Examinations take place once a year in October. If you fail an examination at the first sitting you will be allowed one further attempt. Examinations are normally held in a student's country of residence. We have examinations centres in over 140 countries worldwide.
Universities in the United Kingdom use a centralized system of undergraduate application: University and College Admissions Service (UCAS). It is used by both domestic and international students. Students have to register on the UCAS website before applying to the university. They will find all the necessary information about the application process on this website. Some graduate courses also require registration on this website, but in most cases students have to apply directly to the university. Some universities also accept undergraduate application through Common App (the information about it could be found on universities' websites).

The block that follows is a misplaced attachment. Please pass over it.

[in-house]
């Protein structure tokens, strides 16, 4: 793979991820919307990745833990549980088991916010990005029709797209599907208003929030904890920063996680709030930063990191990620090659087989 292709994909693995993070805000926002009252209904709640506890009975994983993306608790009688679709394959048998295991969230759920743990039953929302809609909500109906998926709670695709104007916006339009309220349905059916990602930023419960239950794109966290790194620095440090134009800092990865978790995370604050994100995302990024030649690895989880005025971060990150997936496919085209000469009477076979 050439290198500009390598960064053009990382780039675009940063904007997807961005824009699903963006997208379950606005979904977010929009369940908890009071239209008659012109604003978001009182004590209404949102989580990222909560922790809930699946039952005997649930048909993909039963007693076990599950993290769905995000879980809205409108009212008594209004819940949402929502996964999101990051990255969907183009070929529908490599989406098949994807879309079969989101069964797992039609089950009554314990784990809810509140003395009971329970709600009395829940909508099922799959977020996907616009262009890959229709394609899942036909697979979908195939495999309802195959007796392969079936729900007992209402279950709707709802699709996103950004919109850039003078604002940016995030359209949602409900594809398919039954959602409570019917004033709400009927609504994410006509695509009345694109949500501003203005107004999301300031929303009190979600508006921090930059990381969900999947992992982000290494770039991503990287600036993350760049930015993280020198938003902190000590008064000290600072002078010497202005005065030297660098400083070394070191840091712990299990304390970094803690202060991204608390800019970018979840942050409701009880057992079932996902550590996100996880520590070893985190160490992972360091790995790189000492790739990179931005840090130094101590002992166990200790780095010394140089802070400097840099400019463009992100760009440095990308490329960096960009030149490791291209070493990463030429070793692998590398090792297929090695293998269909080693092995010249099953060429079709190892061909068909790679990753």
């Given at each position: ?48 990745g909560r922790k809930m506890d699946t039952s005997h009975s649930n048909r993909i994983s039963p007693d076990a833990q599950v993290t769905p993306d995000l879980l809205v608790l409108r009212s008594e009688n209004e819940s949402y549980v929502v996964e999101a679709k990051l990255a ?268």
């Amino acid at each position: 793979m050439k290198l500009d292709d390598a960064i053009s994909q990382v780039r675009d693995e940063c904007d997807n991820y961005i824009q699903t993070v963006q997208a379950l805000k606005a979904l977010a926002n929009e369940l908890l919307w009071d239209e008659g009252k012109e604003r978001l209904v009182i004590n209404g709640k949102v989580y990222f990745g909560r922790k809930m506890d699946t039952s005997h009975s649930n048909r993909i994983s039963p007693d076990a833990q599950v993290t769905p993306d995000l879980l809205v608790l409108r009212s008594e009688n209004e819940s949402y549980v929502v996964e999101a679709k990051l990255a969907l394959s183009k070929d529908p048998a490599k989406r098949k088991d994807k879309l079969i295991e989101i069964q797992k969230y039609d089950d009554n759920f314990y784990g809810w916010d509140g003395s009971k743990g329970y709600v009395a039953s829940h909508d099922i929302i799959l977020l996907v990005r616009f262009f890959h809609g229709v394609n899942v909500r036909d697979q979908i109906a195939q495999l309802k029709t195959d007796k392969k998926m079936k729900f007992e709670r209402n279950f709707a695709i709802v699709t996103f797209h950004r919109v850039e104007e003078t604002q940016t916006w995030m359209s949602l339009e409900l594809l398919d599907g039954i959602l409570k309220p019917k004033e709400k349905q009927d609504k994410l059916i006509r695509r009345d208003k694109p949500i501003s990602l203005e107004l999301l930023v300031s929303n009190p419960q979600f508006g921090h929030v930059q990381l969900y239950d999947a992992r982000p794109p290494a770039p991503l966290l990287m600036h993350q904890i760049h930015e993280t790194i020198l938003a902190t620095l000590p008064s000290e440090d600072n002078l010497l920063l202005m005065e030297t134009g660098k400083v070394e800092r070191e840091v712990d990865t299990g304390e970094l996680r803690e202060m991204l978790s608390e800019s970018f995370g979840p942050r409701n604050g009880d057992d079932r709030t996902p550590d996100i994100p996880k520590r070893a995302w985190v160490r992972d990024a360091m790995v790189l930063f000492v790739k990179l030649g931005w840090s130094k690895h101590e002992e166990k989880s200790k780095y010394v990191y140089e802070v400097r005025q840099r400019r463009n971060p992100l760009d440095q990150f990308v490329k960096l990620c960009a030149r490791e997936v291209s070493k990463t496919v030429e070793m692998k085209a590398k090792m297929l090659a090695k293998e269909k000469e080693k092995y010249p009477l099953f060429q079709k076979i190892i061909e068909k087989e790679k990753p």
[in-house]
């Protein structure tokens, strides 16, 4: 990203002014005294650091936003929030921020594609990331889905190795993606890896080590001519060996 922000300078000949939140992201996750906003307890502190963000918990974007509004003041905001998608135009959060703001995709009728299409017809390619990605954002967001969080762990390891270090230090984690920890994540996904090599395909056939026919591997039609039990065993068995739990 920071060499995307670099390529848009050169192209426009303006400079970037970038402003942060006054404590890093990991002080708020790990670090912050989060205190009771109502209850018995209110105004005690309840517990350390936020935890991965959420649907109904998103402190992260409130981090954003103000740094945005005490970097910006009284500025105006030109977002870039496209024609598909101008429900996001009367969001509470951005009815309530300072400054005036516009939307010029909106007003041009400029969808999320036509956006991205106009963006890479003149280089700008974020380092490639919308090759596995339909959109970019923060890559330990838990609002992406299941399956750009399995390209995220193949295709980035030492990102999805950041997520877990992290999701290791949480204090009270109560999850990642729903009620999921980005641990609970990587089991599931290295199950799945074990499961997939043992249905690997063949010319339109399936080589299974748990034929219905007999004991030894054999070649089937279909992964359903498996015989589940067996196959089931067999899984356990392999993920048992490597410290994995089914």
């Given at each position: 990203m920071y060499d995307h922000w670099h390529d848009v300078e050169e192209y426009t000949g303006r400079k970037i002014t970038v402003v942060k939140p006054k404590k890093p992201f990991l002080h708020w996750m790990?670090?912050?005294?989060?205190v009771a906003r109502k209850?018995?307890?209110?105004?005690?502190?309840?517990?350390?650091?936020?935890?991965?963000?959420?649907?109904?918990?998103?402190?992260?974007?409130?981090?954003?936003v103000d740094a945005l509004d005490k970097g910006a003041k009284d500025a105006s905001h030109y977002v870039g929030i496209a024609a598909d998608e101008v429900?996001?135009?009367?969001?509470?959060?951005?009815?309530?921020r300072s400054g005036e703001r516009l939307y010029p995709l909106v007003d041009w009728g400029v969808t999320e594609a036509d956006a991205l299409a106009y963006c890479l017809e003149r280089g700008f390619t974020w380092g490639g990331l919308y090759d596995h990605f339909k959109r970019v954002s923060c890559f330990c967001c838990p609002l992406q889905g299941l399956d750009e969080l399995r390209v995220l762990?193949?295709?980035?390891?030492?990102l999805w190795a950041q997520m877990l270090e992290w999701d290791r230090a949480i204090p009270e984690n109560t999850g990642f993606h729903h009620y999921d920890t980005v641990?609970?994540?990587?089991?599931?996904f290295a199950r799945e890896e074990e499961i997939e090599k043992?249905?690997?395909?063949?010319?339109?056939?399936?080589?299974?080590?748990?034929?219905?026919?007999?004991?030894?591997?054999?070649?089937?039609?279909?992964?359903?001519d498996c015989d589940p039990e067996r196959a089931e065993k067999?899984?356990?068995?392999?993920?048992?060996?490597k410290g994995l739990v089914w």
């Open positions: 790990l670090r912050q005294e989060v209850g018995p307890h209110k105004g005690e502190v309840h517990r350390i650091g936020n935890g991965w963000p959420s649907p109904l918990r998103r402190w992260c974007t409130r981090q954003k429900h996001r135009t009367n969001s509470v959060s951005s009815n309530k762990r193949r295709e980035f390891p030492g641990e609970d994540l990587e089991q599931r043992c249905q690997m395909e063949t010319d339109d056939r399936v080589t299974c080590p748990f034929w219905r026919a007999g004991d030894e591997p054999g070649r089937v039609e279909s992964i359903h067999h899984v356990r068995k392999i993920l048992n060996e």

Both undergraduate and graduate students may receive three types of responses from the university. The first one, “unconditional offer” means that you already reached all requirements and may be admitted to the university. The second one, “conditional offer” makes your admission possible if you fulfill some criteria – for example, have good grades on final exams. The third one, “unsuccessful application” means that you, unfortunately, could not be admitted to the university of you choice.
All universities require personal statement, which should include the reasons to study in the UK and the information about personal and professional goals of the student and a transcript, which includes grades received in high school or in the previous university.